Appleton, Wisconsin’s Dusk may seem to have fallen from the sky. Surrounded by a music climate of destination festivals and instagram celebrity, they’ve remained reclusive, yet focused on the proverbial carrot on the end of the stick that’s hard for so many working musicians to define. For the past four years, they’ve maintained a steady schedule of recording and “hitting the dirt,” as they say: spending weeks on the road playing dives and basements. They’ve released two 7″ singles, a cassette, and now, thanks to Don Giovanni Records, they’re sharing their debut full length album, which is named Dusk.
The group was conceived in 2014 as a casual recording project between vocalist and bassist Amos Pitsch and drummer Colin Wilde. Amos had just completed recording Predatory Headlights, the critically acclaimed double album by his other group, Tenement, and with the new found down time, he and Colin arranged their own versions of vintage soul songs. The intention was to treat the project like a revolving door for collaborators, but soon the permanent additions of vocalist/pianist Julia Blair, lead guitarist Tyler Ditter, and Ryley Crowe on pedal steel, rhythm guitar, and vocal duties would cement the band into a consistent rock and roll ensemble; informed by soul music, country, jazz, and beyond.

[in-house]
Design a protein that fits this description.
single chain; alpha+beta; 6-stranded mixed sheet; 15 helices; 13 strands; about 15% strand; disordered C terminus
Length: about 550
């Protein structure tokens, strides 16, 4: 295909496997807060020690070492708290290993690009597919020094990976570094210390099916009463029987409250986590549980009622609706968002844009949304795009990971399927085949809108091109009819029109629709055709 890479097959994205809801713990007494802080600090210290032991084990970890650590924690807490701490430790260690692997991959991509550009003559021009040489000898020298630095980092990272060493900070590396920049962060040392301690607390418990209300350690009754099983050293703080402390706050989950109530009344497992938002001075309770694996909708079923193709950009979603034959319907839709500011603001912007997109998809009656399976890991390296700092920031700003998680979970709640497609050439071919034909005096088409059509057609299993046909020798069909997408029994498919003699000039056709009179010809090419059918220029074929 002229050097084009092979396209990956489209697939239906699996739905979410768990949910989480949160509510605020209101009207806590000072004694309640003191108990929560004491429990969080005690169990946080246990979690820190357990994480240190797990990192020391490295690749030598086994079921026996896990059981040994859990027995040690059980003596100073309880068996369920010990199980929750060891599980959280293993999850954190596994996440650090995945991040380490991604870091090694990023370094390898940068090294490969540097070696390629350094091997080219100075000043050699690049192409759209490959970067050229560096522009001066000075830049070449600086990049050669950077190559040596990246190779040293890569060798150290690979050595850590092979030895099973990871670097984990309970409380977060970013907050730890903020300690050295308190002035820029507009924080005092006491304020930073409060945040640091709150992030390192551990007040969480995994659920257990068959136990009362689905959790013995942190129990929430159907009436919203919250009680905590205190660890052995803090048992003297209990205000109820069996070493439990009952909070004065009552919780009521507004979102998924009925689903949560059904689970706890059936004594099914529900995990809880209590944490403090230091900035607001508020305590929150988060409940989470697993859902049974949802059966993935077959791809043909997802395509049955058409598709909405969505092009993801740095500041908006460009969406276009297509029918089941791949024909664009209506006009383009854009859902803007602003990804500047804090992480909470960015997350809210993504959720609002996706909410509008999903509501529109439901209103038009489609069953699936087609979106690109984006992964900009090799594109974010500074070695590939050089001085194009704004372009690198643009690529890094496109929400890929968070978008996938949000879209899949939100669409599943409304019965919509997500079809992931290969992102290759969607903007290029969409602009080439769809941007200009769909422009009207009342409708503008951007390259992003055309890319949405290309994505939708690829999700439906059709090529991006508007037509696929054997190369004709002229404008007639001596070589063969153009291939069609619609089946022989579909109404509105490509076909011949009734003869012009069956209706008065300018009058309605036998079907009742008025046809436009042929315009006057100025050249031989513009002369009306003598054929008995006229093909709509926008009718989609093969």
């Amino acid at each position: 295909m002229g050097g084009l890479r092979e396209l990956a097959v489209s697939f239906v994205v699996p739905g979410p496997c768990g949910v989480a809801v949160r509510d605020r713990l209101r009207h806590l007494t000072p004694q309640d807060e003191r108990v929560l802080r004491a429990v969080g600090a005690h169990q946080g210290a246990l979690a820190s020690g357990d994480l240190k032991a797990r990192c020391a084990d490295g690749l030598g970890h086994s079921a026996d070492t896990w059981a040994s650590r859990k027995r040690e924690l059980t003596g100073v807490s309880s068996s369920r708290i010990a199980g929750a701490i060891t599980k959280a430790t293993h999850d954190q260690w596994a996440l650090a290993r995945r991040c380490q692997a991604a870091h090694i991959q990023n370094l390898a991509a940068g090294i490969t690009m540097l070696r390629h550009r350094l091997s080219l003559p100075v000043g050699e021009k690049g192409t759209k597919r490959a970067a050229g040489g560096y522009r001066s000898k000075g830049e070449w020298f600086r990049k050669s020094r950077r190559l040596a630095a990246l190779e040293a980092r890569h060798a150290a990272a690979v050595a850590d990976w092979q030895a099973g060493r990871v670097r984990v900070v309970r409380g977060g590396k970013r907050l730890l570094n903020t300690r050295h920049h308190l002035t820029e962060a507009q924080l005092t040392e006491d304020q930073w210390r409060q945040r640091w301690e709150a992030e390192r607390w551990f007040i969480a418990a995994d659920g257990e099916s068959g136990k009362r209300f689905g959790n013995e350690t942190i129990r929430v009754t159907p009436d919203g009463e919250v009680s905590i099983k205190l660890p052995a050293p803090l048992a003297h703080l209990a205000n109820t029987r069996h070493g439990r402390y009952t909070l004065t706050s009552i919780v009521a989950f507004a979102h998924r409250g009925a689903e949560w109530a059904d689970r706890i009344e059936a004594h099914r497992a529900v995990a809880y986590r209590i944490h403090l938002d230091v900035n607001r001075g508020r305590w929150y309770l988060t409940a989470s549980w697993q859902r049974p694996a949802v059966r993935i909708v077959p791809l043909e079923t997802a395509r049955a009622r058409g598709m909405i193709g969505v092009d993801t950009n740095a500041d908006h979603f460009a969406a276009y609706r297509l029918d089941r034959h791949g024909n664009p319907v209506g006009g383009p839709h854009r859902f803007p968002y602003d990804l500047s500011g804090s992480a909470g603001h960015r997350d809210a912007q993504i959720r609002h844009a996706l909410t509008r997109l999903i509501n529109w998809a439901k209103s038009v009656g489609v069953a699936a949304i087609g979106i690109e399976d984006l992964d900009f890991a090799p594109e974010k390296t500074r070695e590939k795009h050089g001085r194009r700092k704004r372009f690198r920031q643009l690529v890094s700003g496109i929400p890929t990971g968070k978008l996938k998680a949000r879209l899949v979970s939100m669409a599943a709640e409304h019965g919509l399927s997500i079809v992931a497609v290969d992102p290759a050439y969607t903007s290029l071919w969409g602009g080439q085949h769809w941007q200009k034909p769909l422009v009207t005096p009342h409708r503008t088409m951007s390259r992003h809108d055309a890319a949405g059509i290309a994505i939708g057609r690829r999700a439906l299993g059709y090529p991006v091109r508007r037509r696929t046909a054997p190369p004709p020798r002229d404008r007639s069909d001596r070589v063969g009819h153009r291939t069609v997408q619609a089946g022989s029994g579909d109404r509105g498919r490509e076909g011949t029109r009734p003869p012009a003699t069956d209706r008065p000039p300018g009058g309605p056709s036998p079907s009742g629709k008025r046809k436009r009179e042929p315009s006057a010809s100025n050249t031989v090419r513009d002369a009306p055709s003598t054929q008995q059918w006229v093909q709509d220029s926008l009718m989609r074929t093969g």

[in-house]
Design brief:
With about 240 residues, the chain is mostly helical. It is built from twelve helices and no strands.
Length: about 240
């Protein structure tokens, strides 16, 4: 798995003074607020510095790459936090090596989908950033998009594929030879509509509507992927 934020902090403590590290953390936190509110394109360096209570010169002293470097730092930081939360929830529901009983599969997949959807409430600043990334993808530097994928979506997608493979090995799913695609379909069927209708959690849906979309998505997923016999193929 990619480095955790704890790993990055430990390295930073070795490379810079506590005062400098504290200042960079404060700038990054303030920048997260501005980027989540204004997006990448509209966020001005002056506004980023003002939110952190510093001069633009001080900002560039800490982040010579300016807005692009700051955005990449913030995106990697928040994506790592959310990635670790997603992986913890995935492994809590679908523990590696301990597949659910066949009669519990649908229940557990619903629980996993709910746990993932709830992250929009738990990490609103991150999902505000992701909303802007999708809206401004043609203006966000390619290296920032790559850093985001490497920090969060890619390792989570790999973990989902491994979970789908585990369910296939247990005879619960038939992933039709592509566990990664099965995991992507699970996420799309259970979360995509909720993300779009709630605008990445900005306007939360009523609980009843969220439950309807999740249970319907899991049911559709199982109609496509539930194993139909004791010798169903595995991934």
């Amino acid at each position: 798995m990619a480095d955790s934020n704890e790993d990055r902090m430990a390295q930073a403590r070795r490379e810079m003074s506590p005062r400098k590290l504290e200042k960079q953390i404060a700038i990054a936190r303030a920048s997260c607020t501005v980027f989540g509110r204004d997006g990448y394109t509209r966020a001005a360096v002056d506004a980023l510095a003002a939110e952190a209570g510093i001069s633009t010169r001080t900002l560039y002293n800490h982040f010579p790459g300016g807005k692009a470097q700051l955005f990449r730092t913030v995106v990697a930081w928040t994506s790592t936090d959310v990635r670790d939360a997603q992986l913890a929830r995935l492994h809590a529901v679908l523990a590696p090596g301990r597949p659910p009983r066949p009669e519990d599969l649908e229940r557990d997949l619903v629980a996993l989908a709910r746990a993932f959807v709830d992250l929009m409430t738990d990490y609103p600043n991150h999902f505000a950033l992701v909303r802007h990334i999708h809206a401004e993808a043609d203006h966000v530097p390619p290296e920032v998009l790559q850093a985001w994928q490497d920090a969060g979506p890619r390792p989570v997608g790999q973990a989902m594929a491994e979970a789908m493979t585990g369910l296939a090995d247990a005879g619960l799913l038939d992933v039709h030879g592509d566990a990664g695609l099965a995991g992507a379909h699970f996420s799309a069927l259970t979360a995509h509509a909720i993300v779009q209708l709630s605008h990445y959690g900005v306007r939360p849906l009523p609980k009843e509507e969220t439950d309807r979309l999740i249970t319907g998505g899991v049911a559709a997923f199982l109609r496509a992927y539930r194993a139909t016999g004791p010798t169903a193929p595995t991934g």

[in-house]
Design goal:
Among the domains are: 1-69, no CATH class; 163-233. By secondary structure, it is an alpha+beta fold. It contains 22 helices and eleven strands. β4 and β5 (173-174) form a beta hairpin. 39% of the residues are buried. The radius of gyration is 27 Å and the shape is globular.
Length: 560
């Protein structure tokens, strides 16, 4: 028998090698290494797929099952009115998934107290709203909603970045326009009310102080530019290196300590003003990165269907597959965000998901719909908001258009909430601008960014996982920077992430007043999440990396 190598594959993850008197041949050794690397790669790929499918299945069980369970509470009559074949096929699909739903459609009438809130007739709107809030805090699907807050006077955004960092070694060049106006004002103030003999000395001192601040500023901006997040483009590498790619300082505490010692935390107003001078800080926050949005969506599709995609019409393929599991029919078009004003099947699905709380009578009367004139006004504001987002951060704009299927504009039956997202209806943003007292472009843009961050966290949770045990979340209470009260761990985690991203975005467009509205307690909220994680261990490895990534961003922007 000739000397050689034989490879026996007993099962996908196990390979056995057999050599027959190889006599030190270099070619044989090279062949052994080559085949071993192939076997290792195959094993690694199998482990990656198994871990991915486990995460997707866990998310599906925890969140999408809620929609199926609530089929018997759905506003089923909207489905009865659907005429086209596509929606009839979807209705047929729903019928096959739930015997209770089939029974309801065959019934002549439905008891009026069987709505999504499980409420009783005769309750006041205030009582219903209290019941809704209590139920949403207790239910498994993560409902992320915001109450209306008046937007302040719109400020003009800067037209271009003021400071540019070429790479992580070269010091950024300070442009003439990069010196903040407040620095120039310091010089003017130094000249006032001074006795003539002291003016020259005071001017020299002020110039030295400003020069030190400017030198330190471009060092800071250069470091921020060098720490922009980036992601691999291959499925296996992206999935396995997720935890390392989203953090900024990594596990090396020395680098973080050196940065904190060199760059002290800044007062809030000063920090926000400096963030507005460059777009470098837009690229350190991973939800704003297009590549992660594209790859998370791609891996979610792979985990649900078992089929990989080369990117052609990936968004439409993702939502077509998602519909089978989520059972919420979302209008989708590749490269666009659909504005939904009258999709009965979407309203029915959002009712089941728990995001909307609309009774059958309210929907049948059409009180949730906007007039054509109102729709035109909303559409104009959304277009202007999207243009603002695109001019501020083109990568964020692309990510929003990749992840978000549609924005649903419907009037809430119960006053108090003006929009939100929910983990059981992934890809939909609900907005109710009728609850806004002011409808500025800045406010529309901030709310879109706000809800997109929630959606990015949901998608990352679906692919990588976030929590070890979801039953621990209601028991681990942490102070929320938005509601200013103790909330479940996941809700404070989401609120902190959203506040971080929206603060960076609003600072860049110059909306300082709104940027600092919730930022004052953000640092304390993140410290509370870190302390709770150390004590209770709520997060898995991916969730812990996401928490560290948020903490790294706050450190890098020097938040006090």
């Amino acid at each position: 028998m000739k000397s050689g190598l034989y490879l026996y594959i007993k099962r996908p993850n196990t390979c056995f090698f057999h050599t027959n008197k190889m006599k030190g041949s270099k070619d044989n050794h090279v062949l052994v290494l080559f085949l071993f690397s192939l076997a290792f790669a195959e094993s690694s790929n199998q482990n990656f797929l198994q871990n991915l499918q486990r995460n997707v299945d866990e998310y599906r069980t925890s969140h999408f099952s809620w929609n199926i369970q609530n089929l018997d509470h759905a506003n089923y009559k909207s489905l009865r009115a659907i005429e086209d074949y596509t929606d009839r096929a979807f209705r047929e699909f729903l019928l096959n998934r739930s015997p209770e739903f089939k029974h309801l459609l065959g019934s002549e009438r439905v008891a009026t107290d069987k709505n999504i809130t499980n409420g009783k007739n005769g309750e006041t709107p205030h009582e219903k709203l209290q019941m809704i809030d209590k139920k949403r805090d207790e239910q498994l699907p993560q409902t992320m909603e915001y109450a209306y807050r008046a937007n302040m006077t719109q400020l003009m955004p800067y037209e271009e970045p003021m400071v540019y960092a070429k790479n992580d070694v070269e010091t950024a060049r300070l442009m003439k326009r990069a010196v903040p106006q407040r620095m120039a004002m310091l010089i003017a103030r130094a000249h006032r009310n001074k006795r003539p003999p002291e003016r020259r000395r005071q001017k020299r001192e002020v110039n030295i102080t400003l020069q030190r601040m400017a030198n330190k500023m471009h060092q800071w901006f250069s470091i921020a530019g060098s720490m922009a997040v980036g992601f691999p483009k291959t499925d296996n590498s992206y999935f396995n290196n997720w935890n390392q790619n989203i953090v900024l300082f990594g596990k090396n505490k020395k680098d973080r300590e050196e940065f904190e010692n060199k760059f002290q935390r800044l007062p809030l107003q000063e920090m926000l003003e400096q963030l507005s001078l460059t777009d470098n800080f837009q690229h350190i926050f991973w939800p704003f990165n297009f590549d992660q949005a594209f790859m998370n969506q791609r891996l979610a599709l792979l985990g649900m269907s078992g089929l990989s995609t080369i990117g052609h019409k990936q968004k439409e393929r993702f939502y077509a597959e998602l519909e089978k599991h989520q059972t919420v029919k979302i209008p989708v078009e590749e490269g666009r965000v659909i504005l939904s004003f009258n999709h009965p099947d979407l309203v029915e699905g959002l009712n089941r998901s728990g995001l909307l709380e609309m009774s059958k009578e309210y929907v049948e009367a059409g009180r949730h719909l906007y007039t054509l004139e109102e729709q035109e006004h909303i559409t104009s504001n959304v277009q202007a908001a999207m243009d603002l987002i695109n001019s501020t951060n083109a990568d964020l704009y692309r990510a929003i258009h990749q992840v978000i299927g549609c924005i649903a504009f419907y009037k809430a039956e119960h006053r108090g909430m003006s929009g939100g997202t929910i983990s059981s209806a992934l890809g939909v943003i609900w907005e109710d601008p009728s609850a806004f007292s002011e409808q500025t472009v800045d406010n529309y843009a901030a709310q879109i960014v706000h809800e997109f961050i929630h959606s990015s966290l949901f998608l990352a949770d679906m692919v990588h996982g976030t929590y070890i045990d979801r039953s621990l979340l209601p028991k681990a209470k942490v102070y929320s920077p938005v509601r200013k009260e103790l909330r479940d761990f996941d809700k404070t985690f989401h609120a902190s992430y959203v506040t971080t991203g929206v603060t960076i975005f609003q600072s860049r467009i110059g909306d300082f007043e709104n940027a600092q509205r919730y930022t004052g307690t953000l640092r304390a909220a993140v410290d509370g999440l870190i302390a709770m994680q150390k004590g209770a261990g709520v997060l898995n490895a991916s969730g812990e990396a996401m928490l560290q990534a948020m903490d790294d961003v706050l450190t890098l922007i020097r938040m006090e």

In what may be perceived as a daring move, Dusk have insisted on attempting to thrive in their own small nook, just outside the boundaries of the Midwestern United States’ Rust Belt. They’ve built a small empire around their art — isolating themselves from the glitter of show business in pursuit of total creative freedom and an audience that will embrace their ideas and eccentricities. These ideas find their roots in the vast canon of American music; from the jazz standard songbook to the shuffle and stomp of honky tonk country. They’ve claimed a large early twentieth century brick home on Appleton’s east side as their home-base, where the majority of them live. The residence has been dubbed “Crutch Of Memory,” and roughly a third of its structure has been converted into a legitimate recording studio used for composition, arrangement, and audio engineering for their in-house record label releases and independent projects.
The debut self-titled Dusk album is among these independent projects; produced by the band in a gritty and slightly obtuse manner over the course of two or three years. The production value removes the listener from the context of the time period and acts as a hole in the wall of which to view the group as master composers and arrangers. Much like their debut single, Dusk’s self-titled record isn’t embracing revivalism, nor is it waving the flag of modern lo or hi fidelity. There is no concept or grand statement. It’s simply an album of songs. The lyrical content of Dusk is typically personal — the songs speak of inner conflict regarding the geographic region in which they live (‘A Different Shade Of Brown’), loneliness and relationships (‘Leaf’, ‘Old Magnolia’, Eyes In Dark Corners’, ‘The Names You Got’), the mundane (‘Done Nothin’), and human nature (‘Stones In Your Casserole’). Their deviations into politics are brief and veiled in metaphor and hyperbole, as in ‘Stained Blue’.
Dusk’s word is sincere and easy to understand. It’s a common language spoken by the perfect messengers. Their debut full-length album brings this message to a world all too caught up in the complexities of the modern age.